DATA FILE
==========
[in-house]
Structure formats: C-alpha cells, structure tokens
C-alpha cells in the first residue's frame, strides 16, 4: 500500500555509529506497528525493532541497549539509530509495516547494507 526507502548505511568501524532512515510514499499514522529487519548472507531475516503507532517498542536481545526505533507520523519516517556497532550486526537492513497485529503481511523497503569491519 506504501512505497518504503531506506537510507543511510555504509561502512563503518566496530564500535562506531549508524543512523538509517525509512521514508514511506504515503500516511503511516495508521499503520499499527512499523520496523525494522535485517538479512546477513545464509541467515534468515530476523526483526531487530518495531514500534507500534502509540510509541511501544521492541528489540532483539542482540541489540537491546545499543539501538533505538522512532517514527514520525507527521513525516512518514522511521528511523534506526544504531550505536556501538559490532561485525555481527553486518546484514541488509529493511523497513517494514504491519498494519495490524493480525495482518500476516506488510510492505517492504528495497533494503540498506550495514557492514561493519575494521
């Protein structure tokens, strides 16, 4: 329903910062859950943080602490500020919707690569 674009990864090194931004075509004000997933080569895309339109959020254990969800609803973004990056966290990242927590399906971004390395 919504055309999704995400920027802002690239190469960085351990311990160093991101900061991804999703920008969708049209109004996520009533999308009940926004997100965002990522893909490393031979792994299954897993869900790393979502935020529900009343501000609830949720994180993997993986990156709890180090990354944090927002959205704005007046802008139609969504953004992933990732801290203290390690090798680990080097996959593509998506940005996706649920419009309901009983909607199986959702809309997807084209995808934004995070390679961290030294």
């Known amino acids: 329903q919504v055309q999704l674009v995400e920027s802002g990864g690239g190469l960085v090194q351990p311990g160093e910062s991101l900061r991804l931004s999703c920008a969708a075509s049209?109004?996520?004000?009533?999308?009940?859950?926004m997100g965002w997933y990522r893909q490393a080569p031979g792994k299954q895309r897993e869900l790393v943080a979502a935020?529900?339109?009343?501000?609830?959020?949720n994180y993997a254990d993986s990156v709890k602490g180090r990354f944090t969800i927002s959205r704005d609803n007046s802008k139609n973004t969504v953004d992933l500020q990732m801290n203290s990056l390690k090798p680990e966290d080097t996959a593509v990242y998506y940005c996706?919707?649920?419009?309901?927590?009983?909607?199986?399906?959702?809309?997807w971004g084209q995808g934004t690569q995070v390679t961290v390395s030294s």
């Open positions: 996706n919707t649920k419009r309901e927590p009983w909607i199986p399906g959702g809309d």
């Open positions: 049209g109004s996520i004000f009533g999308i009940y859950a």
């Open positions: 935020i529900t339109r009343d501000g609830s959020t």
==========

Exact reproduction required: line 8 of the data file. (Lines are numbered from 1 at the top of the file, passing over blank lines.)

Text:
């Open positions: 935020i529900t339109r009343d501000g609830s959020t």